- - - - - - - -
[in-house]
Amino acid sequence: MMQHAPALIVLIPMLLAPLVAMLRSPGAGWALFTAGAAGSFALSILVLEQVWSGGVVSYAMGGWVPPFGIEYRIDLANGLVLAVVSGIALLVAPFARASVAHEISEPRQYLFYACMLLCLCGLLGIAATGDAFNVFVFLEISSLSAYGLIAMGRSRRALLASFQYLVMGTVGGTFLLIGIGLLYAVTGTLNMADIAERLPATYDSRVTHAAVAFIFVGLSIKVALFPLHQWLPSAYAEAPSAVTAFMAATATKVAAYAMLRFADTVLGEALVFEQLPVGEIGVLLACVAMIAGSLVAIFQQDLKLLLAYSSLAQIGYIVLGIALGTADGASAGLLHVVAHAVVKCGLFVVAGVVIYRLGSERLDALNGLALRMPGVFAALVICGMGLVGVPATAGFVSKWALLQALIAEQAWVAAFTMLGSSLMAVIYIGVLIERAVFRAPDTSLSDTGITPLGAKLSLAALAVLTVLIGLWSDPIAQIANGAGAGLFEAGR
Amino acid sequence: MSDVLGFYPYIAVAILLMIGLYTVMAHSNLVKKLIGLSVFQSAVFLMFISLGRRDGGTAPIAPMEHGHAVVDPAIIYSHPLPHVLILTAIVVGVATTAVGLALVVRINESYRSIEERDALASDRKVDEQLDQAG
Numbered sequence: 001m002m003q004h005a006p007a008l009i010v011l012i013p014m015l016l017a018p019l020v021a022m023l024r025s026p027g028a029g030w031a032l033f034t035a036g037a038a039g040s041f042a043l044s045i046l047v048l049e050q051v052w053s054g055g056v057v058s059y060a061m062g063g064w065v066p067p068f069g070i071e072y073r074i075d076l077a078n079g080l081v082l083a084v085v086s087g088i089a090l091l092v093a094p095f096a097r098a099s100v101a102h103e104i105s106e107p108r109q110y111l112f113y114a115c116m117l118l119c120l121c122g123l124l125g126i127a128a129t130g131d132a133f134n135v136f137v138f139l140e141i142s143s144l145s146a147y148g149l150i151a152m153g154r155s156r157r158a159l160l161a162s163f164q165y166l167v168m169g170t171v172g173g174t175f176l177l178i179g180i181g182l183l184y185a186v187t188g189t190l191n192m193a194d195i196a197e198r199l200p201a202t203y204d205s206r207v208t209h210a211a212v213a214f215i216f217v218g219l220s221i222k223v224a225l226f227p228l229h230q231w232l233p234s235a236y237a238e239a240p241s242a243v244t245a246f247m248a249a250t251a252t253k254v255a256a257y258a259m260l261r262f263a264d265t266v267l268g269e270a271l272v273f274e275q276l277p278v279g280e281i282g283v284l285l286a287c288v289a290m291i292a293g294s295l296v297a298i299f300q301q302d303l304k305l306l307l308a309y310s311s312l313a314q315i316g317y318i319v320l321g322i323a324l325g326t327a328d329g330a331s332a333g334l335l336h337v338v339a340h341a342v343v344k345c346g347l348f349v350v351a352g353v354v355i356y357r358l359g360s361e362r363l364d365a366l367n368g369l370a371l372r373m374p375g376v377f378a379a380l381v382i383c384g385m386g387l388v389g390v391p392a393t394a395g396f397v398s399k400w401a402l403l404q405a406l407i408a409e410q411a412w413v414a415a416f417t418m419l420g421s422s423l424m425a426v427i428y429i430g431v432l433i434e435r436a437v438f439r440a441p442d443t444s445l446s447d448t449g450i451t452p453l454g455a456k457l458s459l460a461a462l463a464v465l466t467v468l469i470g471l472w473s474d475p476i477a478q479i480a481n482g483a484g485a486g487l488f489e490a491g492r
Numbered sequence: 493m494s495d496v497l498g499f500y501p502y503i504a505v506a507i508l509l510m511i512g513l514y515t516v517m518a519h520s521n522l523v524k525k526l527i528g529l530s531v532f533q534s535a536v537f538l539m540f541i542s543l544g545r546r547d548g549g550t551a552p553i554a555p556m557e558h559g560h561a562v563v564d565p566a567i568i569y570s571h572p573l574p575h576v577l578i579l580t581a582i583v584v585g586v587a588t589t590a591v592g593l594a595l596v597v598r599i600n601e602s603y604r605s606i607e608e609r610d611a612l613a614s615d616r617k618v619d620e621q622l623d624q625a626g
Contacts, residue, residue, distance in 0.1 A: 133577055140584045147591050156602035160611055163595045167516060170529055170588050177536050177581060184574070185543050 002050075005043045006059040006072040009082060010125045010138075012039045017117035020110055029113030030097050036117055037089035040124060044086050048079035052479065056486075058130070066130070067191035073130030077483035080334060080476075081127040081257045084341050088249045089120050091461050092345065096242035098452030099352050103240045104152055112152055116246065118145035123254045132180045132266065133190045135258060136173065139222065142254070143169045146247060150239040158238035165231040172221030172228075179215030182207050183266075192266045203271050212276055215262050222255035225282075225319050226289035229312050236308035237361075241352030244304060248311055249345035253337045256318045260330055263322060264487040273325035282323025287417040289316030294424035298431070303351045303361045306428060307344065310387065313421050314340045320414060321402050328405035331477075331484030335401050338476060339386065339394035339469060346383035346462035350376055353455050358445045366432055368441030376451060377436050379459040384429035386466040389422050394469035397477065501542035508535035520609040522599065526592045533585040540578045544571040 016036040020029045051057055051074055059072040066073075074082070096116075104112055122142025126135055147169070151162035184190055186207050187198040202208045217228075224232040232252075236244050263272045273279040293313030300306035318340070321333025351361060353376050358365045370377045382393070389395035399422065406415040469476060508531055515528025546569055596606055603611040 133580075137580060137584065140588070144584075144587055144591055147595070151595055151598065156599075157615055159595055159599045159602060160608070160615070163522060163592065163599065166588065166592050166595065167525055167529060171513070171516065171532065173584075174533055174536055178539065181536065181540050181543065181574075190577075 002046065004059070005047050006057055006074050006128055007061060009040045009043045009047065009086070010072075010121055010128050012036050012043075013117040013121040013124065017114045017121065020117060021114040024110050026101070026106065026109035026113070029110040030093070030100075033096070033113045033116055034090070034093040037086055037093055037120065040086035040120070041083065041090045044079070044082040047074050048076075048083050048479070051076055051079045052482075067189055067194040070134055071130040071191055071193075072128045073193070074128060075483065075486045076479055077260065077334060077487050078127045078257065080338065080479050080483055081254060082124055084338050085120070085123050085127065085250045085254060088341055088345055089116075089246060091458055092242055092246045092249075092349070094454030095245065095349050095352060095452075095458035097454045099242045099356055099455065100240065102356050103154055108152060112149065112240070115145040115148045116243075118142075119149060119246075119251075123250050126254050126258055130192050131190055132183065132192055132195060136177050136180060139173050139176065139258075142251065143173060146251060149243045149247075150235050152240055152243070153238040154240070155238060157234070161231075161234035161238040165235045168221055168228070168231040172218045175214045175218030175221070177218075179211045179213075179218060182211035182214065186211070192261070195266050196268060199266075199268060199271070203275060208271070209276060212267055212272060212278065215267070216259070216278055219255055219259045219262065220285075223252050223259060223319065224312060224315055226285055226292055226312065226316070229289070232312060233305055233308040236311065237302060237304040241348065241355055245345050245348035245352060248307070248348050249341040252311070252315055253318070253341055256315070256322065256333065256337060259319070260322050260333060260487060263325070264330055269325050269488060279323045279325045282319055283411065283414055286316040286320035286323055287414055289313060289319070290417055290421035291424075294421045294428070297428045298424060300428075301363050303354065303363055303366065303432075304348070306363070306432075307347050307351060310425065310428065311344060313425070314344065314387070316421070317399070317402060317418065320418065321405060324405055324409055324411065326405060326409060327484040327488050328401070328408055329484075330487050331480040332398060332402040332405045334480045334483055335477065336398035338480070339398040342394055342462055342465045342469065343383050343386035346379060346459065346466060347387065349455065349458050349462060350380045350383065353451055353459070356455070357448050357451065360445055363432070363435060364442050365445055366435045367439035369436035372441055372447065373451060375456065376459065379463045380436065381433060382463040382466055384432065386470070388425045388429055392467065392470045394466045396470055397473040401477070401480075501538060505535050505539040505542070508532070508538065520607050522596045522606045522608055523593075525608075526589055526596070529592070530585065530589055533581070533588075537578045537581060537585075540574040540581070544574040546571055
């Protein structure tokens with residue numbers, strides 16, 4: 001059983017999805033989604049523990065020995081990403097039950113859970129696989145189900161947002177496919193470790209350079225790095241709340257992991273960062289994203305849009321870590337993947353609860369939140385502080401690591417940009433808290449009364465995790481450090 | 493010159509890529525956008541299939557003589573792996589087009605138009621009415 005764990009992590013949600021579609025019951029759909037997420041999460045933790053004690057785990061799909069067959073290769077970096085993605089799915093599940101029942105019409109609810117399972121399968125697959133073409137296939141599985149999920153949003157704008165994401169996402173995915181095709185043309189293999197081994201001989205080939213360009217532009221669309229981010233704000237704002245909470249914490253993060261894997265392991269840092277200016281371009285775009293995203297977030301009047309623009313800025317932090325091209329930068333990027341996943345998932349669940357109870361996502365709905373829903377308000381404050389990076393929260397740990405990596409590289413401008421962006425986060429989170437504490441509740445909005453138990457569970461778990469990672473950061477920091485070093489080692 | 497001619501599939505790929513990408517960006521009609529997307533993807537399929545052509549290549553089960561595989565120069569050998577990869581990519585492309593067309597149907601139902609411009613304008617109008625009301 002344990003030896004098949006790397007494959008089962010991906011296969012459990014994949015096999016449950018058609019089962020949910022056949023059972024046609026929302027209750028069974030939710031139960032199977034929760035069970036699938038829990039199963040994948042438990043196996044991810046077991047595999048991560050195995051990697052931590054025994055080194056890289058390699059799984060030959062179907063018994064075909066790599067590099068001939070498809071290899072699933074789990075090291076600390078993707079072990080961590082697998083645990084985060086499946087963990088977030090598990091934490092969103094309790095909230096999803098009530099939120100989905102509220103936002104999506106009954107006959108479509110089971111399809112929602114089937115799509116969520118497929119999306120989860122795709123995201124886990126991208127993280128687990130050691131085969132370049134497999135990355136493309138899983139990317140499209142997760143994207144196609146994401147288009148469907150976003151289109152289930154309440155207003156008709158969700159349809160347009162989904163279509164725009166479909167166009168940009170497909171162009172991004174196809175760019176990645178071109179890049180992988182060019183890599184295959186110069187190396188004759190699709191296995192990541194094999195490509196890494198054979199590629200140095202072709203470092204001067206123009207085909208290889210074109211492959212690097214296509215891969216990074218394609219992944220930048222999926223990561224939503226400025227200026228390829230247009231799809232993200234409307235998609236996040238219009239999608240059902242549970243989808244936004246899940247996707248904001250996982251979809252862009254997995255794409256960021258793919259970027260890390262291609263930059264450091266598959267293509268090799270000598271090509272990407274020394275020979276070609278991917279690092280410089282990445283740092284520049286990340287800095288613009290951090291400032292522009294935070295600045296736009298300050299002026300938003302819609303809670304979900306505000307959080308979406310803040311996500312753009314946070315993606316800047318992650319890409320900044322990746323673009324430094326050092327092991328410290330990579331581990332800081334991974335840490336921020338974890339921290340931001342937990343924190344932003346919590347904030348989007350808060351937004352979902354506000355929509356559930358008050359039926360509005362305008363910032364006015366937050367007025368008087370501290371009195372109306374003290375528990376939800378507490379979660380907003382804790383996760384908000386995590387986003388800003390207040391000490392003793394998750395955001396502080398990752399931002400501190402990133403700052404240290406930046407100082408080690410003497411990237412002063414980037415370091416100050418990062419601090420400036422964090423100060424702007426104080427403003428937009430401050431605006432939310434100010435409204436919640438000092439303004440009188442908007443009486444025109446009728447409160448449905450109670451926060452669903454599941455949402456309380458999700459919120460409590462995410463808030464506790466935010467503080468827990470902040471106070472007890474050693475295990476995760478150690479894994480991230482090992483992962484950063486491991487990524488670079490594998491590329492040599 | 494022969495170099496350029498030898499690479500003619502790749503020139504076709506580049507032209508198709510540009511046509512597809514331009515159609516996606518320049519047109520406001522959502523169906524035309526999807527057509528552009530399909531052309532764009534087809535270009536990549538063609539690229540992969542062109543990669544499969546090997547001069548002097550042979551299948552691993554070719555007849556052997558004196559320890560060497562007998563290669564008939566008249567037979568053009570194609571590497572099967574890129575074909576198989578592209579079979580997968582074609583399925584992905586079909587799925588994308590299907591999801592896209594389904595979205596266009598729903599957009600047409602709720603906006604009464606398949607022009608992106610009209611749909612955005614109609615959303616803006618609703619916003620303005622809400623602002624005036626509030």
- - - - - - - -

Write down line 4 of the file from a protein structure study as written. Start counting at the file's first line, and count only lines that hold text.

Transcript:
Numbered sequence: 001m002m003q004h005a006p007a008l009i010v011l012i013p014m015l016l017a018p019l020v021a022m023l024r025s026p027g028a029g030w031a032l033f034t035a036g037a038a039g040s041f042a043l044s045i046l047v048l049e050q051v052w053s054g055g056v057v058s059y060a061m062g063g064w065v066p067p068f069g070i071e072y073r074i075d076l077a078n079g080l081v082l083a084v085v086s087g088i089a090l091l092v093a094p095f096a097r098a099s100v101a102h103e104i105s106e107p108r109q110y111l112f113y114a115c116m117l118l119c120l121c122g123l124l125g126i127a128a129t130g131d132a133f134n135v136f137v138f139l140e141i142s143s144l145s146a147y148g149l150i151a152m153g154r155s156r157r158a159l160l161a162s163f164q165y166l167v168m169g170t171v172g173g174t175f176l177l178i179g180i181g182l183l184y185a186v187t188g189t190l191n192m193a194d195i196a197e198r199l200p201a202t203y204d205s206r207v208t209h210a211a212v213a214f215i216f217v218g219l220s221i222k223v224a225l226f227p228l229h230q231w232l233p234s235a236y237a238e239a240p241s242a243v244t245a246f247m248a249a250t251a252t253k254v255a256a257y258a259m260l261r262f263a264d265t266v267l268g269e270a271l272v273f274e275q276l277p278v279g280e281i282g283v284l285l286a287c288v289a290m291i292a293g294s295l296v297a298i299f300q301q302d303l304k305l306l307l308a309y310s311s312l313a314q315i316g317y318i319v320l321g322i323a324l325g326t327a328d329g330a331s332a333g334l335l336h337v338v339a340h341a342v343v344k345c346g347l348f349v350v351a352g353v354v355i356y357r358l359g360s361e362r363l364d365a366l367n368g369l370a371l372r373m374p375g376v377f378a379a380l381v382i383c384g385m386g387l388v389g390v391p392a393t394a395g396f397v398s399k400w401a402l403l404q405a406l407i408a409e410q411a412w413v414a415a416f417t418m419l420g421s422s423l424m425a426v427i428y429i430g431v432l433i434e435r436a437v438f439r440a441p442d443t444s445l446s447d448t449g450i451t452p453l454g455a456k457l458s459l460a461a462l463a464v465l466t467v468l469i470g471l472w473s474d475p476i477a478q479i480a481n482g483a484g485a486g487l488f489e490a491g492r